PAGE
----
When you take a photo the scene is compressed into two dimensions. All that beautiful 3Dness is lost when it's projected onto your camera's sensor.
Photo reconstruction is a process for recovering a 3D scene and camera parameters from a set of regular photographs. For example, with 4 photographs of my wife and dog working in bed, I was able to reconstruct the scene bellow using two software packages called OpenMVG and PMVS2.
Built with OpenMVG and PMVS3.
I wanted to try to use these same techniques to track my movements. The idea is to record images with a head mounted camera and run the image through OpenMVG a library and software pipeline for performing photo reconstruction.
The result should be something like a GPS path, but much more accurate though less global. When everything goes well the photo reconstruction can tell us not just what side of the street the camera was on, but which part of the side walk, how high the camera was and even tell us the direction we were looking.
Road Less Traveled
For this expermient I've used Pivothead or as I call them "nerd glasses." The Pivothead can be set to take timelapse photographs at a rate of 1 per second. Bellow is an image from the glasses.
After completing a walk around the block I downloaded the hundreds of images that I had captured and began the process of reconstructing the scene and the camera positions.
The first step is to generate a list of all of the images with extracted metadata.
openMVG_main_CreateList -i ./ -o ./out/matches -d ~/openMVG/src/software/SfM/cameraSensorWidth/cameraGenerated.txt Camera "Pivothead Video Recorder" model "Pivothead 8000" doesn't exist in the database
In this step, if the camera model is common, and the metadata has been preserved, then the focal length is specified. In many of my trials, the focal length has been missing so I've simply guessed. In this case I set the focal length to be 1000px.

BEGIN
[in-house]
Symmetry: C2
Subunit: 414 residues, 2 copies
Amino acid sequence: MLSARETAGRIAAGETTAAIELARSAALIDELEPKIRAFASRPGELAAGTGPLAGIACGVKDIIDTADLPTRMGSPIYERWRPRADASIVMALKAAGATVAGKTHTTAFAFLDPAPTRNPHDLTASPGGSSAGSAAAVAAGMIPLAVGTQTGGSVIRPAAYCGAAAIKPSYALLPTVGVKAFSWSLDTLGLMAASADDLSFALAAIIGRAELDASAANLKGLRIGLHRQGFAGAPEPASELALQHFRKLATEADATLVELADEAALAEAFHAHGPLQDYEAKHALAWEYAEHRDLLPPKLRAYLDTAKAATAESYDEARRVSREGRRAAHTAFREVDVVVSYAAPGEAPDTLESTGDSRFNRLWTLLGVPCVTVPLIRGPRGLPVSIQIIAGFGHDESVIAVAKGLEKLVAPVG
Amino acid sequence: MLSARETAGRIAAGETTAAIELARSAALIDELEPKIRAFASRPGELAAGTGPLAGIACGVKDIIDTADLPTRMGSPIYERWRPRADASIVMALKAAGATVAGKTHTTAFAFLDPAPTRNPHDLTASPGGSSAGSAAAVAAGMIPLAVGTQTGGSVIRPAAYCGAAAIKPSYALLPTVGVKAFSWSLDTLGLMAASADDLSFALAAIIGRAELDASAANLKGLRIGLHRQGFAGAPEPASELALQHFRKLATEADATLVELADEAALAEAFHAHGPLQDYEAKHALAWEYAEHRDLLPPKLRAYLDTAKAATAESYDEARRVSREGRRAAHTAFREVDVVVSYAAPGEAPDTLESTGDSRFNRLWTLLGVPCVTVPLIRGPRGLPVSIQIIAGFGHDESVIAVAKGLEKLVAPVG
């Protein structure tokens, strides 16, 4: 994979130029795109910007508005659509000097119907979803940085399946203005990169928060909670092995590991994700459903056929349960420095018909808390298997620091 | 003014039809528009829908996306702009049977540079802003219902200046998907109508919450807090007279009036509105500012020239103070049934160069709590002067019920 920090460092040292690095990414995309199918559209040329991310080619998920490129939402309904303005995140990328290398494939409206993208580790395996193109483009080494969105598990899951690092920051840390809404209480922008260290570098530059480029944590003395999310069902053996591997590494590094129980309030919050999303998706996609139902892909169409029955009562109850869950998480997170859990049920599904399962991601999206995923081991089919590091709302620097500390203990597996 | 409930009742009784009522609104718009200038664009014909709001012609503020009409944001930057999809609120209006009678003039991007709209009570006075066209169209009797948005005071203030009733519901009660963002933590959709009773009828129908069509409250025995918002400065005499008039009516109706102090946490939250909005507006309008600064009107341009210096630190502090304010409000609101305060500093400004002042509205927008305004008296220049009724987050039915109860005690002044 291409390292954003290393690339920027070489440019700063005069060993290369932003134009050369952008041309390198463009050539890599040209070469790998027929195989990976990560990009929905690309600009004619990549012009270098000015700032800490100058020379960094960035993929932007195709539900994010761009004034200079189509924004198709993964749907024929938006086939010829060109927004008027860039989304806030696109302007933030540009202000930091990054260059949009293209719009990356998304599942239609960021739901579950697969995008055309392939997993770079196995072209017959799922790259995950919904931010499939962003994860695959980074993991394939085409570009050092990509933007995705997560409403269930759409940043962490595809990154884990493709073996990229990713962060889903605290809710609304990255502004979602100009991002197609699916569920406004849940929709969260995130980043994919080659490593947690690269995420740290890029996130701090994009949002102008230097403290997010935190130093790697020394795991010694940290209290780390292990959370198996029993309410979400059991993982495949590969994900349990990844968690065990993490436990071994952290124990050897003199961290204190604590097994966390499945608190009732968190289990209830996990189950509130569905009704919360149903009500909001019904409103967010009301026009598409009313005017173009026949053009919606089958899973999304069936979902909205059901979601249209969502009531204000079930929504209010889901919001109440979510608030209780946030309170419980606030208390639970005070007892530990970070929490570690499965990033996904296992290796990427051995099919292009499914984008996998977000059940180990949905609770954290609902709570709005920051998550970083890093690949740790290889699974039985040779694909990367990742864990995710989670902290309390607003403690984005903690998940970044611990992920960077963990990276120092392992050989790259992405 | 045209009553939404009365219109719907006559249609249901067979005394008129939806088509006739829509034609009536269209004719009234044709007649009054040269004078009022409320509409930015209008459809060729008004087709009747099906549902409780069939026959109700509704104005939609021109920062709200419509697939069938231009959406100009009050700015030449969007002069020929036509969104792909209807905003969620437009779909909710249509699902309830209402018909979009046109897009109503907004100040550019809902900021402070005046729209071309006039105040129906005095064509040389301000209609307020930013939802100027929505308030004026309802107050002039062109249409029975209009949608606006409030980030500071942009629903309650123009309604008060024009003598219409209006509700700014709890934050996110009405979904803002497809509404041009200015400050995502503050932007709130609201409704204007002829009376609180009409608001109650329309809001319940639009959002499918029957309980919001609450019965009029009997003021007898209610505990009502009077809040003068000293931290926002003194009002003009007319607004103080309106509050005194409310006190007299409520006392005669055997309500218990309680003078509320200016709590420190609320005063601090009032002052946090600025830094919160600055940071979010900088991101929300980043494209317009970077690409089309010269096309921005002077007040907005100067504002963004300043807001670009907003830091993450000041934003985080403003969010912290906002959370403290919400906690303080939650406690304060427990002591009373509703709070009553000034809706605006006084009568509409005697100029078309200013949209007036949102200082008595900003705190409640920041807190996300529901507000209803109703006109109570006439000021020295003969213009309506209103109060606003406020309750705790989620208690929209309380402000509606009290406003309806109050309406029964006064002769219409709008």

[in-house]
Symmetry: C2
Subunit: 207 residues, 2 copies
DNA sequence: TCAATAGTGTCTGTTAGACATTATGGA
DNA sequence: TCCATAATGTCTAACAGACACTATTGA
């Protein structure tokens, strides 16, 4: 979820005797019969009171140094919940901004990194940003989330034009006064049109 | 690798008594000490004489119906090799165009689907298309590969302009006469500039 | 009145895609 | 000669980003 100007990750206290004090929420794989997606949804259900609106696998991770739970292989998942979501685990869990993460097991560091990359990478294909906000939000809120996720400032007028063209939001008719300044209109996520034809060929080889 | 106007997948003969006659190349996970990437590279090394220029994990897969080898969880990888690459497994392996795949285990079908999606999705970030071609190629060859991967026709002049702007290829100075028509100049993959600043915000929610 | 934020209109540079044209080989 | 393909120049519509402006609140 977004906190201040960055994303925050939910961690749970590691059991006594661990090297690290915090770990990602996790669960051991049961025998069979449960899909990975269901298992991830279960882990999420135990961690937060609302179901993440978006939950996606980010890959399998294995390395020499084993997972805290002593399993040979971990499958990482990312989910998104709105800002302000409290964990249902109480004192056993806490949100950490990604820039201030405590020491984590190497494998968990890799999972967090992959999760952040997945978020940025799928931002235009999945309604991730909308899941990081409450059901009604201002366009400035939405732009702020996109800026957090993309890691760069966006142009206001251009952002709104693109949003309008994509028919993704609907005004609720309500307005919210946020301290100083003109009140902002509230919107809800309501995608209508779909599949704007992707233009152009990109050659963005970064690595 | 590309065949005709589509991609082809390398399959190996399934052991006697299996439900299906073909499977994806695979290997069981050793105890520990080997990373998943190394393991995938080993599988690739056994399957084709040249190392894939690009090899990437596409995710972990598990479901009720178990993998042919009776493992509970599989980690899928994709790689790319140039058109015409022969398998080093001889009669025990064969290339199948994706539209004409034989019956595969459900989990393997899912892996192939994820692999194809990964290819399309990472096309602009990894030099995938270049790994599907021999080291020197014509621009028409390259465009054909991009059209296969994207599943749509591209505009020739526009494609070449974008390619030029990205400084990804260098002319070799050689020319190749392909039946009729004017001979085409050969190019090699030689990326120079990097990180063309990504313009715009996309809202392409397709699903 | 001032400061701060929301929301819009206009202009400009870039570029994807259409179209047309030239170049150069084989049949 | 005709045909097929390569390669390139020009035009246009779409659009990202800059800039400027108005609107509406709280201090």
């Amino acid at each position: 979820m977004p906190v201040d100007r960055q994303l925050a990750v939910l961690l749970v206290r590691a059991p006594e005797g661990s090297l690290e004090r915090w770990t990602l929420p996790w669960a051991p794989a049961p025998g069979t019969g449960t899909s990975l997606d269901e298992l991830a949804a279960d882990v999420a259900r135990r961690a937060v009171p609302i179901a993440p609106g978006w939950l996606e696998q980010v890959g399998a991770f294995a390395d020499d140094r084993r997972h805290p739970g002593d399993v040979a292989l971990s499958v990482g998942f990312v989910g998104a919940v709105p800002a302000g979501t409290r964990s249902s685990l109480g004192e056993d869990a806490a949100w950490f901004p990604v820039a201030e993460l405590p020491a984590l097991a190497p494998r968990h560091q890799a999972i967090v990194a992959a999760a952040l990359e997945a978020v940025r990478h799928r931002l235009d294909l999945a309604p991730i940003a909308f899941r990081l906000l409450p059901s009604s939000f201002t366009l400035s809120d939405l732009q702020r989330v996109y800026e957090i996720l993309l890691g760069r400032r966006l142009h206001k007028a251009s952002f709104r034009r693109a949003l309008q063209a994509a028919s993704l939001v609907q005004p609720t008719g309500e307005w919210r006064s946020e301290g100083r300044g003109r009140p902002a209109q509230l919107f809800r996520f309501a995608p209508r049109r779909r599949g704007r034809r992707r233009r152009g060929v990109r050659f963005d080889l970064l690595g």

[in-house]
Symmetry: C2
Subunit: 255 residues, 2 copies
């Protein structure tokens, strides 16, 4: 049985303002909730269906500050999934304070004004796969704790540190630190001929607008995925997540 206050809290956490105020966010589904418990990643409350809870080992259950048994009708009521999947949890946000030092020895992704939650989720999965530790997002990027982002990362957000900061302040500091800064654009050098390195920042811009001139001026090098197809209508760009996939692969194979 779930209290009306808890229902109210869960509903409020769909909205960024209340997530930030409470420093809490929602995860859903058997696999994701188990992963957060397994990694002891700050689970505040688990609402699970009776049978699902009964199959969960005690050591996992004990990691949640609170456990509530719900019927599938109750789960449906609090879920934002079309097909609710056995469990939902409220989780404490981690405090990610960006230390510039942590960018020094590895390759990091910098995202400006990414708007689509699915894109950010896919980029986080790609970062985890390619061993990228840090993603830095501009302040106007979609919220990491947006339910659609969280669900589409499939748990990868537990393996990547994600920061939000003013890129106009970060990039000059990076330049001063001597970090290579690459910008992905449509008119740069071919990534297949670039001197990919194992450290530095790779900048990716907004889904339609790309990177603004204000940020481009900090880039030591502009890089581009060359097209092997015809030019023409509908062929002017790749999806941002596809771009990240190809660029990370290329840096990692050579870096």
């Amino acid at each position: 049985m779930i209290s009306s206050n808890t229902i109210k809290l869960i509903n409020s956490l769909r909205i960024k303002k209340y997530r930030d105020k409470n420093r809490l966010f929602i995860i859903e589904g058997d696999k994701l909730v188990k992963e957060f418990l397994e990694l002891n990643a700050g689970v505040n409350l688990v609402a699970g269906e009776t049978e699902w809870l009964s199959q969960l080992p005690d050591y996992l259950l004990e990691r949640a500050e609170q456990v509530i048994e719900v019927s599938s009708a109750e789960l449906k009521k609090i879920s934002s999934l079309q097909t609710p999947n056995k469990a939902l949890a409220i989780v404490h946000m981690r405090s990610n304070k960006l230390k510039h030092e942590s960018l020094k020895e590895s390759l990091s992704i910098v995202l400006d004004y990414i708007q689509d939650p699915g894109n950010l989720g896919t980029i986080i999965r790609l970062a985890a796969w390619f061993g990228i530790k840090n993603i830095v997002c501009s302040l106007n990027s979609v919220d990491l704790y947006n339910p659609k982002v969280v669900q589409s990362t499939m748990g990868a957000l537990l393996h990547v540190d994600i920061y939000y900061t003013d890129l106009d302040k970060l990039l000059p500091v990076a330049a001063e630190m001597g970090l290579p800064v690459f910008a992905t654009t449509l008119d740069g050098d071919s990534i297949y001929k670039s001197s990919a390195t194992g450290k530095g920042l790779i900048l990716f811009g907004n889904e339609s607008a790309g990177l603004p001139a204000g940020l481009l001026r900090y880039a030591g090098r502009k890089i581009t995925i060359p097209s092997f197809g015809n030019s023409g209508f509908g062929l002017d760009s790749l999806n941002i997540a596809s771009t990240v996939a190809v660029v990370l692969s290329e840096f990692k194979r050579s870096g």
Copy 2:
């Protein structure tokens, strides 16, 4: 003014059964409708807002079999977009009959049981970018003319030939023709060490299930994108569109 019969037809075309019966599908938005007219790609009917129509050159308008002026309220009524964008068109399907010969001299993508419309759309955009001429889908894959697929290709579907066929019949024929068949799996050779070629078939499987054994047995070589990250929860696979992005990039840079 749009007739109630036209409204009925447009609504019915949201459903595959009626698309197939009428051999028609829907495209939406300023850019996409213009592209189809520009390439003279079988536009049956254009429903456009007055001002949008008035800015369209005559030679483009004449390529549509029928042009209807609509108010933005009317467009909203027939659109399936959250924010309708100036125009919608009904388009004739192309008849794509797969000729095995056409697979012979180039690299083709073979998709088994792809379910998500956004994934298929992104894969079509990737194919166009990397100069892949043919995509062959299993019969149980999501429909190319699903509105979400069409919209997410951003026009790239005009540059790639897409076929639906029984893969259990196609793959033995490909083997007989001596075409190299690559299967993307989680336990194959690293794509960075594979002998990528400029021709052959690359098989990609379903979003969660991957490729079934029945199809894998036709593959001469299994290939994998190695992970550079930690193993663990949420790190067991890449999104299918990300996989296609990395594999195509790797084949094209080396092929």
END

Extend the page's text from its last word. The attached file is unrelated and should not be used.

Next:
IMG_2469.JPG;3264;2448;1000;Pivothead Video Recorder;Pivothead 8000
When we get to the reconstrution step, focal length is one of the many parameters that OpenMVG will attempt to optimize. If the reconstruction looks good you can probably assume that OpenMVG has arrived at the true focal lenght. In my case, I'm was pretty far off, the focal length was closer to 2600 pixels.
Describing Points in Our Image and Matching Them
The next step is to generate feature descriptors for each image. Currently OpenMVG ships with a command line program that uses the SIFT feature descriptor.
openMVG_main_computeMatches -i ./ -o ./out/matches
It is worth noting that while OpenMVG is permisively licensed under BSD, SIFT is not, it's patented and must be licensed for commercial use. It is possible to use other feature descriptors, and work has already been done to support binary features, but getting this running will take a bit more programming.
The products of this step are *.feat and *.desc files for each of the input images. The feat files contain the location, orientation and scale of each feature in plain text. The desc files contain binary data of the 128 dimensional feature descriptor.
Now that we have a description of interesting point in our images we need to try to identify matching points between images. Matching is done by finding pairs of features that are near each other in 128 dimensional space and are filtered by a metric that ensure they make sense geometrically.
Generating a Point Cloud and Cameras
Our final step is to run the "Incremental Structure from Motion" command.
openMVG_main_IncrementalSfM -i ./ -m ./out/matches -o ./out
It outputs a PLY file containing a sparse point cloud and the camera positions. Here I've overlayed to point cloud and cameras onto an image from Google maps. The green dots are the camera the black dots are points in the scene that have been reconstructed. We can clearly see the outline of the garage and building.
I have a bunch of ideas for future experimens. I would like to try a wider angle lens like what's found on a Go Pro. I'd also like to try to speed up the reconstruction process by being more selective in the feature matching phase and only comparing images that are near each other in the sequence.